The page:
THE SEED AND FIBER OF WEALTH
A New Documentary Film Chronicling
The Rich History of Hemp Production in America
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Be a Part of America’s Hemp History!
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Lexington, Kentucky 40588-1208.
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THE HISTORY COVERED BY THE SEED AND FIBER OF WEALTH
An annual plant of Asian origin, hemp was brought to America by its earliest colonists, those who settled Jamestown in 1607 in what became Virginia, and the Puritan settlers at Plymouth in 1620, in what became Massachusetts. Those early settlers not only brought hemp seeds with them, but the sails, caulking, and rigging of the ships that brought them to America were entirely made of hemp. Indeed, when they arrived in America they found that some of the Indian Tribes were raising hemp, particularly along the Potomac and James Rivers in Virginia. It became known as Indian hemp.
As early as 1619, the Virginia House of Burgesses passed an act requiring all planters in the colony to sow “both English and Indian hemp.” Not only was hemp important for making clothes, rugs, bagging, bedding and oil, its maritime uses made it a critical cash crop for Virginia even as early as 1619.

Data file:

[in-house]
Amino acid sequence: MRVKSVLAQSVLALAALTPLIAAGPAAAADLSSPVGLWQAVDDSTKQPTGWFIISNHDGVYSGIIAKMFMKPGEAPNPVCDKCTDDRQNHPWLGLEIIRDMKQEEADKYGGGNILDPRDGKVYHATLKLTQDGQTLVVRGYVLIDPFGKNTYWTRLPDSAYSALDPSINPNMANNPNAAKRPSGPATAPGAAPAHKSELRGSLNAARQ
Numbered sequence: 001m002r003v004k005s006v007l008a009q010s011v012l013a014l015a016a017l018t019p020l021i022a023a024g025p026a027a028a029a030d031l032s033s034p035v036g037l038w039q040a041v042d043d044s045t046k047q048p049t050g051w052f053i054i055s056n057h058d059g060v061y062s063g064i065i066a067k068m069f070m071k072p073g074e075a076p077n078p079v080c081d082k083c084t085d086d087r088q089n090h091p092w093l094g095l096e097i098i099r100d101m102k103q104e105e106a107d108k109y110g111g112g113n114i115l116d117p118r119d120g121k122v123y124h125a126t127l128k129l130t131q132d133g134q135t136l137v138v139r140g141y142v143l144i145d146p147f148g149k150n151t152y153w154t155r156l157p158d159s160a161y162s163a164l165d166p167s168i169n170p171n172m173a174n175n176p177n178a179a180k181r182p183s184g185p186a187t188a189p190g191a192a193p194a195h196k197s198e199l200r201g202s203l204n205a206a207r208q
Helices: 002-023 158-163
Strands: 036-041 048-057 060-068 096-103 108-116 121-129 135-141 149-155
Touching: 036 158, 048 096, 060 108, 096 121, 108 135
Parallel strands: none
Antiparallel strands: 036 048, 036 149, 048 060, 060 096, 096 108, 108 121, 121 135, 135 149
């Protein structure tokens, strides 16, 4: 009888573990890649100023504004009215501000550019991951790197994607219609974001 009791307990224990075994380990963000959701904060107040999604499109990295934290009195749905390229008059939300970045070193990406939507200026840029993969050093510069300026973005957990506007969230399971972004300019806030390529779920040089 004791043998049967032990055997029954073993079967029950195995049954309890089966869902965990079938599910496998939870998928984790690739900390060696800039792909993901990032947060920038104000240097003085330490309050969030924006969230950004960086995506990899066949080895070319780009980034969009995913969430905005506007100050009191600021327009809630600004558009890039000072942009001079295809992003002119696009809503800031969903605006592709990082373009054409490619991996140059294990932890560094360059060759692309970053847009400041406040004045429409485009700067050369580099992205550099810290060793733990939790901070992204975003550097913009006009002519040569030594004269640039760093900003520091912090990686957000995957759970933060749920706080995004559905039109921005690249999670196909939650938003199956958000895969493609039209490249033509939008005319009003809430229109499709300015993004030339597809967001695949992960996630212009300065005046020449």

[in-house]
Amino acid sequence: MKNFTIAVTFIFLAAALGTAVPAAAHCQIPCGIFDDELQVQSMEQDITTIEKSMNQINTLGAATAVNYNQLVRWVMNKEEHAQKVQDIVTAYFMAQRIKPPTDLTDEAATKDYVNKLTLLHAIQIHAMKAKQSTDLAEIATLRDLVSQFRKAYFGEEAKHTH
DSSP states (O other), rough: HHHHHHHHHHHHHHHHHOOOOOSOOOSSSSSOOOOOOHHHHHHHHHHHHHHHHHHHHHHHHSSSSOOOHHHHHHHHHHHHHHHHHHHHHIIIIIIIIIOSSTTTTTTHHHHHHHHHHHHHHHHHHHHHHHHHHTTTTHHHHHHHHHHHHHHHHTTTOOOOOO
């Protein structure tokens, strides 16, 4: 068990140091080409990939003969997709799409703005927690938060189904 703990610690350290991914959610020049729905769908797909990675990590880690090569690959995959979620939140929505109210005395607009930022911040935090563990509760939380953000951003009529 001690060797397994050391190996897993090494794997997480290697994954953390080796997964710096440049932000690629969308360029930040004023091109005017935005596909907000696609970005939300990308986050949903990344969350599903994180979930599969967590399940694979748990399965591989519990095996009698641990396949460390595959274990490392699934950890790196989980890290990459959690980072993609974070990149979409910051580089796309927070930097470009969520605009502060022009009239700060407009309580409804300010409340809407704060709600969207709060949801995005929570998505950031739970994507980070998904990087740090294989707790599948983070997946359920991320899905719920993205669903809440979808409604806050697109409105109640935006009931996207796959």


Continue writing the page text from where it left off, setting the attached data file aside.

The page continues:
By the mid-1600s, hemp had become an essential part of the economies of New England, Maryland, and Virginia. From hemp fiber, the colonists made rope, cloth, canvas, and paper, and from hemp seeds, they made lamp oil, flour, and chicken feed for their domestic use. The maritime uses of hemp made it a lucrative cash crop. The British Navy and England’s commercial shipping companies all used hemp to make the sails, halyards, and rigging for their ships. Hemp was even used as currency and for payment of taxes.
By the Eighteenth Century, hemp had become a dominant crop in America. Its maritime uses made it necessary for the defense of the colonies during the Revolutionary War, and its use in making clothing was vital. George Washington, Thomas Jefferson, and James Madison not only raised hemp, but they wrote about the importance of the crop, commercially, as well as for the defense of the country. So important was hemp that John Adams, in January 1776, even wrote that the Second Continental Congress must encourage the raising of hemp; he then wrote on the same piece of paper that it must also consider declaring the independence of the colonies from Great Britain. The Congress did both.
In the Nineteenth Century, Andrew Jackson, Zachary Taylor, Franklin Pierce, and Henry Clay, were large hemp producers. In that century, Kentucky became the nation’s leading producer of hemp. Hemp was brought to Kentucky from Virginia by its earliest pioneer settlers. Like the early colonists before them, the Kentucky pioneers raised hemp in order to use its fibers to make clothes, headgear, paper, rope, blankets, bags, floor coverings, and other articles. Its seeds were used to make lamp oil, densely nutritious butter, and flour, among many other uses. As Kentucky became more settled, hemp became its greatest cash crop. New Orleans became Kentucky’s principal marketplace for hemp as it was for whiskey.